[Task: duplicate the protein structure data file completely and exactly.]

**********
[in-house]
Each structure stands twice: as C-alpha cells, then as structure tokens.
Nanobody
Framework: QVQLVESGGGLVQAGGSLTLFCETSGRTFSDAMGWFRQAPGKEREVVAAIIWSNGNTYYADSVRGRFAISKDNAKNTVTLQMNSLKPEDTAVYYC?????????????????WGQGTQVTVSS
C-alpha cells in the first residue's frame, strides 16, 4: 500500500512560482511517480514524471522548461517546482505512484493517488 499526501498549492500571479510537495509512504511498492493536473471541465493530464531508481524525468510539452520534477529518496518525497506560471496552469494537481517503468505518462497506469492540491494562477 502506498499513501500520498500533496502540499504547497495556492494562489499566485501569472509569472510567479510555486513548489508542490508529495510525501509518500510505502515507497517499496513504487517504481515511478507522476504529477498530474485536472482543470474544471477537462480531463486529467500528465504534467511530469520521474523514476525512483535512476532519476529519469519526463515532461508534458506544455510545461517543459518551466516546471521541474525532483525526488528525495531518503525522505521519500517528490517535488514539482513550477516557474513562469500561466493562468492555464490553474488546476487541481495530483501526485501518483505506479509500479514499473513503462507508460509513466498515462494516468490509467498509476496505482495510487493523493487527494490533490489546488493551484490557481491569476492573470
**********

[in-house]
Each structure stands twice: as C-alpha cells, then as structure tokens.
Nanobody
Framework: QVQLVESGGGLVQAGGSLTLFCETSGRTFSDAMGWFRQAPGKEREVVAAIIWSNGNTYYADSVRGRFAISKDNAKNTVTLQMNSLKPEDTAVYYC?????????????????WGQGTQVTVSS
C-alpha cells in the first residue's frame, strides 16, 4: 500500500512560482511517480514524471522548461517546482505512484493517488 499526501498549492500571479510537495509512504511498492493536473471541465493530464531508481524525468510539452520534477529518496518525497506560471496552469494537481517503468505518462497506469492540491494562477 502506498499513501500520498500533496502540499504547497495556492494562489499566485501569472509569472510567479510555486513548489508542490508529495510525501509518500510505502515507497517499496513504487517504481515511478507522476504529477498530474485536472482543470474544471477537462480531463486529467500528465504534467511530469520521474523514476525512483535512476532519476529519469519526463515532461508534458506544455510545461517543459518551466516546471521541474525532483525526488528525495531518503525522505521519500517528490517535488514539482513550477516557474513562469500561466493562468492555464490553474488546476487541481495530483501526485501518483505506479509500479514499473513503462507508460509513466498515462494516468490509467498509476496505482495510487493523493487527494490533490489546488493551484490557481491569476492573470